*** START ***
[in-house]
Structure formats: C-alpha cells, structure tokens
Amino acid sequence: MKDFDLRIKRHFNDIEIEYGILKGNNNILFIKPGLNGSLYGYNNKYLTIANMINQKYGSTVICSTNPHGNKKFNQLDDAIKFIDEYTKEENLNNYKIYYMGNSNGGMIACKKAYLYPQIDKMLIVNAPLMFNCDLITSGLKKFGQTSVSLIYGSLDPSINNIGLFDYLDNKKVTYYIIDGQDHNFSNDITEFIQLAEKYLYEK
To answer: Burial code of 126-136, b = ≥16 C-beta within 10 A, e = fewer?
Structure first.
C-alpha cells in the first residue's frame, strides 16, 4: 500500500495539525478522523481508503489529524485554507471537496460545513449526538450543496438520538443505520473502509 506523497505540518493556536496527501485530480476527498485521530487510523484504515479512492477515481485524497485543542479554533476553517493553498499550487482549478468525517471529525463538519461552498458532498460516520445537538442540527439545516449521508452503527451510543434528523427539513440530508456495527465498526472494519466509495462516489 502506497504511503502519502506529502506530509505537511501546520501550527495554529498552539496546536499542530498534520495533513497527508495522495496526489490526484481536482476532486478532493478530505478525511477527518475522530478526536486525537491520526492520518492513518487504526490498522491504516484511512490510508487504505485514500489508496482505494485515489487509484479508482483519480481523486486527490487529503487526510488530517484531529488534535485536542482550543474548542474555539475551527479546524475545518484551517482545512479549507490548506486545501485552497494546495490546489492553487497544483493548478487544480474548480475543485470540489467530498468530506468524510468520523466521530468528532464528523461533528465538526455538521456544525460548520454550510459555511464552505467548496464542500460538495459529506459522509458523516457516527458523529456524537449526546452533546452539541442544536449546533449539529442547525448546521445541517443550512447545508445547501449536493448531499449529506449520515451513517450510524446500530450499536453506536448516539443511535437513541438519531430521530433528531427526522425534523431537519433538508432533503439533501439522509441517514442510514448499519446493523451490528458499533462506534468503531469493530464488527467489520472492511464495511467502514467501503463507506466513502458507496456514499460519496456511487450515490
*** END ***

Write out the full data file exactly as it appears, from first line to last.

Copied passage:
[in-house]
Structure formats: C-alpha cells, structure tokens
Amino acid sequence: MKDFDLRIKRHFNDIEIEYGILKGNNNILFIKPGLNGSLYGYNNKYLTIANMINQKYGSTVICSTNPHGNKKFNQLDDAIKFIDEYTKEENLNNYKIYYMGNSNGGMIACKKAYLYPQIDKMLIVNAPLMFNCDLITSGLKKFGQTSVSLIYGSLDPSINNIGLFDYLDNKKVTYYIIDGQDHNFSNDITEFIQLAEKYLYEK
To answer: Burial code of 126-136, b = ≥16 C-beta within 10 A, e = fewer?
Structure first.
C-alpha cells in the first residue's frame, strides 16, 4: 500500500495539525478522523481508503489529524485554507471537496460545513449526538450543496438520538443505520473502509 506523497505540518493556536496527501485530480476527498485521530487510523484504515479512492477515481485524497485543542479554533476553517493553498499550487482549478468525517471529525463538519461552498458532498460516520445537538442540527439545516449521508452503527451510543434528523427539513440530508456495527465498526472494519466509495462516489 502506497504511503502519502506529502506530509505537511501546520501550527495554529498552539496546536499542530498534520495533513497527508495522495496526489490526484481536482476532486478532493478530505478525511477527518475522530478526536486525537491520526492520518492513518487504526490498522491504516484511512490510508487504505485514500489508496482505494485515489487509484479508482483519480481523486486527490487529503487526510488530517484531529488534535485536542482550543474548542474555539475551527479546524475545518484551517482545512479549507490548506486545501485552497494546495490546489492553487497544483493548478487544480474548480475543485470540489467530498468530506468524510468520523466521530468528532464528523461533528465538526455538521456544525460548520454550510459555511464552505467548496464542500460538495459529506459522509458523516457516527458523529456524537449526546452533546452539541442544536449546533449539529442547525448546521445541517443550512447545508445547501449536493448531499449529506449520515451513517450510524446500530450499536453506536448516539443511535437513541438519531430521530433528531427526522425534523431537519433538508432533503439533501439522509441517514442510514448499519446493523451490528458499533462506534468503531469493530464488527467489520472492511464495511467502514467501503463507506466513502458507496456514499460519496456511487450515490